I am currently preparing an edition of the two hagiographic poems of Henry Bradshaw (d. 1513), a monk of St. Werburgh's Abbey in Chester and one of the last English hagiographers to compose substantial Lives of saints before the English Reformation. His poetic Life of St. Werburge (seventh-century Mercian princes and abbess) and Life of St. Radegunde (sixth-century Merovingian queen and nun) offer models of ethical deportment for laywomen and professed religious alike, while also tracing the historical elements of the saints' lives. Both poems display Bradshaw's interest in unearthing the history of his own monastery and integrating contemporary spiritual virtues into the stories of historical women. Straddling divides between the cloister and the town square, hagiography and antiquarianism, female piety and universal devotion, and the medieval and early modern periods, these two poems demonstrate the liveliness and relevance of hagiographic discourse on the eve of the Reformation.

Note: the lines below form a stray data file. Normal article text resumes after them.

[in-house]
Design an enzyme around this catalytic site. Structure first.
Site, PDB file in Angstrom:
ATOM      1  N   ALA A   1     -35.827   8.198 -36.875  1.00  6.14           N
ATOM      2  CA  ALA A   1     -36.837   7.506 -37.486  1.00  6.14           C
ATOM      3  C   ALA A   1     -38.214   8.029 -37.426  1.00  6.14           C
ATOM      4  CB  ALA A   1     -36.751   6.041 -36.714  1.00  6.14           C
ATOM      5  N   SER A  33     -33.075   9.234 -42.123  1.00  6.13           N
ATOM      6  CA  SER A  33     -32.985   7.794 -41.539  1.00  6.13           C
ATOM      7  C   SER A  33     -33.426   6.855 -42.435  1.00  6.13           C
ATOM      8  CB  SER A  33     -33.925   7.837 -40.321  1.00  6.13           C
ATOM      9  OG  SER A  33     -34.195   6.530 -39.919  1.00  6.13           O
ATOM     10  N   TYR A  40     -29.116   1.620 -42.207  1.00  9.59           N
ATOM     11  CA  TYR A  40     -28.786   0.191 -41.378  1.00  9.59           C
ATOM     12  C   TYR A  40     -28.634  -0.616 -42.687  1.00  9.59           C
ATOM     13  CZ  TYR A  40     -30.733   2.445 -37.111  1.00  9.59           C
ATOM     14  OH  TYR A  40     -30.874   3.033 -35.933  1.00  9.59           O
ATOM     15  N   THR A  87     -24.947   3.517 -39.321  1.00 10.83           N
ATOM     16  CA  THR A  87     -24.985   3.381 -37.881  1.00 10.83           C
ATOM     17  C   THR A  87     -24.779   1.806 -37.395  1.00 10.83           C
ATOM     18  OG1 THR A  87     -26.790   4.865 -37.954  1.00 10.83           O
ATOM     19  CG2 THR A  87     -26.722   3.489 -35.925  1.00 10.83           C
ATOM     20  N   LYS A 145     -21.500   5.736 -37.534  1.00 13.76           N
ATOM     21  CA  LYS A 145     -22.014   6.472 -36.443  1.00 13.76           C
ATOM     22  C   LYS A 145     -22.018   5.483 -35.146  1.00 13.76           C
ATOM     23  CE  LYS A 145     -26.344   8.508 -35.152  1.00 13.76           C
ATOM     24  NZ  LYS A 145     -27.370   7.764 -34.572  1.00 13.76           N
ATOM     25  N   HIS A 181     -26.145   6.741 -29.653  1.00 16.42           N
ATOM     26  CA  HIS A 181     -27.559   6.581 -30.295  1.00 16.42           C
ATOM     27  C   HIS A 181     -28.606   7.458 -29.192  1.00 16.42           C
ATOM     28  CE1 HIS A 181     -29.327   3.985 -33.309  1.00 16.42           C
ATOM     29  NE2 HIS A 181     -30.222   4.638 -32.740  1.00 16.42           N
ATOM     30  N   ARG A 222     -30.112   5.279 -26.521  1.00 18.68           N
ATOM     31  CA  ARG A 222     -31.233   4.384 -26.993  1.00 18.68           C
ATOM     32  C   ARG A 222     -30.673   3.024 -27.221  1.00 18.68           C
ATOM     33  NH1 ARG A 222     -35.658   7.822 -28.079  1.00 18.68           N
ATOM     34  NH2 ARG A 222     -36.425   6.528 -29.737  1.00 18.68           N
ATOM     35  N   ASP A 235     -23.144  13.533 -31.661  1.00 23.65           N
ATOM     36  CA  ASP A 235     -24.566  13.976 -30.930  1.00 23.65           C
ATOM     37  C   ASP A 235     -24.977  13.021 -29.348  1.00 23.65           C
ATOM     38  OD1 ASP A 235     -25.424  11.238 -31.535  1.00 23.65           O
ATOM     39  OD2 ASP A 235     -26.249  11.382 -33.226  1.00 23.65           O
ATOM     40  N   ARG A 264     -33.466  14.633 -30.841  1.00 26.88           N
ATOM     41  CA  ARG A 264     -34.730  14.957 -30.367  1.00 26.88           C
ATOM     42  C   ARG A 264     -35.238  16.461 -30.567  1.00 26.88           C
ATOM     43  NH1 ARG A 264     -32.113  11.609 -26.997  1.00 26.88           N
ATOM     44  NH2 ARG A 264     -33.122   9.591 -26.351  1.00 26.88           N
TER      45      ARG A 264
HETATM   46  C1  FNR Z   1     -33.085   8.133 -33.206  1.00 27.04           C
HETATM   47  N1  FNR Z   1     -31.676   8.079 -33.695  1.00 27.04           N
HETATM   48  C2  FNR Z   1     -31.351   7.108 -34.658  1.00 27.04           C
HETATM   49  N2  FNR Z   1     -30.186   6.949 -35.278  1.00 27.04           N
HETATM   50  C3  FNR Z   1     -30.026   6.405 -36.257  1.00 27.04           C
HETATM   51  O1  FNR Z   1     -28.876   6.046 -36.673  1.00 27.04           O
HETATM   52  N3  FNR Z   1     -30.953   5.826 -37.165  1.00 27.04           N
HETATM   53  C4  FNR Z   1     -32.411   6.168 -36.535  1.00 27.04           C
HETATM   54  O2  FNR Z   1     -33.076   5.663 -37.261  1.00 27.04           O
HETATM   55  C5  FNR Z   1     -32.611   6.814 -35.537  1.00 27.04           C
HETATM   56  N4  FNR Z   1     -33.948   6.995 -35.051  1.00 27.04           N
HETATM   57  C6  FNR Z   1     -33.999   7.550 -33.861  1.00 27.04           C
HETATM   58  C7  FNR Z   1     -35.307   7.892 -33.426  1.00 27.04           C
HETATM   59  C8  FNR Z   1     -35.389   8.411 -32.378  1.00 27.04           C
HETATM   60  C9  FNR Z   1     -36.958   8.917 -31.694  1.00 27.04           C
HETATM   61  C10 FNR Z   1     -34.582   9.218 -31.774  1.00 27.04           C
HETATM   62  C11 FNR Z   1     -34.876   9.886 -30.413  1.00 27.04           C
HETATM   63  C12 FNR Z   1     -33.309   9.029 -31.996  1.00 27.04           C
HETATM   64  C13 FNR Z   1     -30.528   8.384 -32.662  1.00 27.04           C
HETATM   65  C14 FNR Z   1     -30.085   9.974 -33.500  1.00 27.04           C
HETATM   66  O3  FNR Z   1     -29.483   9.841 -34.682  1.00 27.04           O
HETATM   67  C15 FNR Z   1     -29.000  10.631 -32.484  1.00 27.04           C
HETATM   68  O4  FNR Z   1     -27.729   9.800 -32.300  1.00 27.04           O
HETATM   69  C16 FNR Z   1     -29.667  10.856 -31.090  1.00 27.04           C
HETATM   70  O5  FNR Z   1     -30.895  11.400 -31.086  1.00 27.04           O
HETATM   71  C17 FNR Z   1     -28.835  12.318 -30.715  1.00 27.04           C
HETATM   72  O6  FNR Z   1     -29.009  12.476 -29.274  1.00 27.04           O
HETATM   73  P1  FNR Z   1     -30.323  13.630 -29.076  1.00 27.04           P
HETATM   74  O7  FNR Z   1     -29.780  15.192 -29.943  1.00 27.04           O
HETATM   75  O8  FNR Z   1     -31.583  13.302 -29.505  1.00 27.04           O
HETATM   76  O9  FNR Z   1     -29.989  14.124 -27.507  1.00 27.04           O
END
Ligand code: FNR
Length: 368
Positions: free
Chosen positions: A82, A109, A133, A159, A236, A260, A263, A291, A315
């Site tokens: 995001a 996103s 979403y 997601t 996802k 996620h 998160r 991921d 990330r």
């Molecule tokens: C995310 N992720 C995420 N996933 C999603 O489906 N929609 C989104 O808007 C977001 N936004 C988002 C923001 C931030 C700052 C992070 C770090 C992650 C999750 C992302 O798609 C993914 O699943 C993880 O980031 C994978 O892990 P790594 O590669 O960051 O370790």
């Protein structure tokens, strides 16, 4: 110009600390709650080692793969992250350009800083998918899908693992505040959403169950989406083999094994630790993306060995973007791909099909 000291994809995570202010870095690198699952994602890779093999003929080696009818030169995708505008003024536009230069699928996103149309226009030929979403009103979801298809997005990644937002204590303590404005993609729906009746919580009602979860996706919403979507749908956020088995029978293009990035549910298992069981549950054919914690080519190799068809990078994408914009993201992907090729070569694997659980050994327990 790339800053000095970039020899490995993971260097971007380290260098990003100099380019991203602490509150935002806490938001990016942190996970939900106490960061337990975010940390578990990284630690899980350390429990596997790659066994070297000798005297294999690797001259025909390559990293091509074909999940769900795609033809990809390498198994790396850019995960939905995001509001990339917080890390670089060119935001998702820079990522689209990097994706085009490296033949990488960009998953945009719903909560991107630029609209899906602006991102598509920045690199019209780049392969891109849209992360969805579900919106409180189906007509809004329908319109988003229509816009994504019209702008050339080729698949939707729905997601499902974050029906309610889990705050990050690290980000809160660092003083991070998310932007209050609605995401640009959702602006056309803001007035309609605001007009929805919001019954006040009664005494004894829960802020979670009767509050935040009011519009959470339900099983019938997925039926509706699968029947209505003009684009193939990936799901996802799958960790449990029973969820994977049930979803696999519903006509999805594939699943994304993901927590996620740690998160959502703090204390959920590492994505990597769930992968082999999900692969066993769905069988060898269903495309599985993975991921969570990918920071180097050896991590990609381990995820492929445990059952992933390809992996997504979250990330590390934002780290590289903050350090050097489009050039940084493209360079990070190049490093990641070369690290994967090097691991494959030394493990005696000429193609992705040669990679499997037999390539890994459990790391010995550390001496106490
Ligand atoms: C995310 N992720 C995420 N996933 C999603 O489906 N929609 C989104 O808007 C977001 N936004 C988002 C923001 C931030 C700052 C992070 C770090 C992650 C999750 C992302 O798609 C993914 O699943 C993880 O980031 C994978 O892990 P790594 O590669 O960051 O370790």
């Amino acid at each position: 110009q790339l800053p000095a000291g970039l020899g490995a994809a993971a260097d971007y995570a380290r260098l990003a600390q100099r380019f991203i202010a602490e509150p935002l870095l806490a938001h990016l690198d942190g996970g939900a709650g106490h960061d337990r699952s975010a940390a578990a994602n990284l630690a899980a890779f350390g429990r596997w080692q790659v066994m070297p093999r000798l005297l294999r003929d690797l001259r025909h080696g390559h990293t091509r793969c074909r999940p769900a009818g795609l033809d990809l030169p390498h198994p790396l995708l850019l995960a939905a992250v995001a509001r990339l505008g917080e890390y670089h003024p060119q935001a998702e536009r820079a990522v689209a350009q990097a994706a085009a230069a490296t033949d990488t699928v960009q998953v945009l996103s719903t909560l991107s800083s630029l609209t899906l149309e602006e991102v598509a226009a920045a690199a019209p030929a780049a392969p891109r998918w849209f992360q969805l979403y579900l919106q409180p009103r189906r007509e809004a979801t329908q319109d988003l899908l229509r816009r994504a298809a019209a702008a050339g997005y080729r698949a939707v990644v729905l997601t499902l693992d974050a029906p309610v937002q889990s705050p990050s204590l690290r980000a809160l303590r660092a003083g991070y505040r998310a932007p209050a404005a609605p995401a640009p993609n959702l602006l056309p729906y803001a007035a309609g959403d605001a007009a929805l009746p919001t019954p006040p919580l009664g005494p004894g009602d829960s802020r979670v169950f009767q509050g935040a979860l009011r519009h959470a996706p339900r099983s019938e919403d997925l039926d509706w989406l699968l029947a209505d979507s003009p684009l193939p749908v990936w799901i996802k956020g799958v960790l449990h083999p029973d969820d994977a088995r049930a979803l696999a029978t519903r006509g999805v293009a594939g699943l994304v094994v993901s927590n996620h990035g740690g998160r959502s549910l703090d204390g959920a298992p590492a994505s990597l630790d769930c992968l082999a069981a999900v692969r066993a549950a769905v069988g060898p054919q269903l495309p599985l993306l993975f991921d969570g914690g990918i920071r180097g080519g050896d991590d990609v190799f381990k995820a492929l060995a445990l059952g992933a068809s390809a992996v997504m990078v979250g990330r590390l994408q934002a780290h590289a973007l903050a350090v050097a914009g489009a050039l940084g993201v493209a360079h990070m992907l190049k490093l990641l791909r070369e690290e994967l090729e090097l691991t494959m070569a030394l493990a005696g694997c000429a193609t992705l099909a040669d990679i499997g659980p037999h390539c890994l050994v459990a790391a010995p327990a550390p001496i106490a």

This volume, provisionally entitled Female Saints in Early Tudor Chester: Henry Bradshaw's Lives of Werburgh and Radegund, will newly edit these two poems from the early modern printings of Richard Pynson (1521 and c. 1525 respectively). The introduction to the edition will discuss this printing history alongside the history of Bradshaw and his community, the relationship of these two poems to Middle English hagiography, and the ways these poems position their saintly protagonists amidst discourses of virginity, holiness, antiquity, and female communities. I also aim to include two appendices that trace the medieval and early modern cults of Werburgh and Radegund.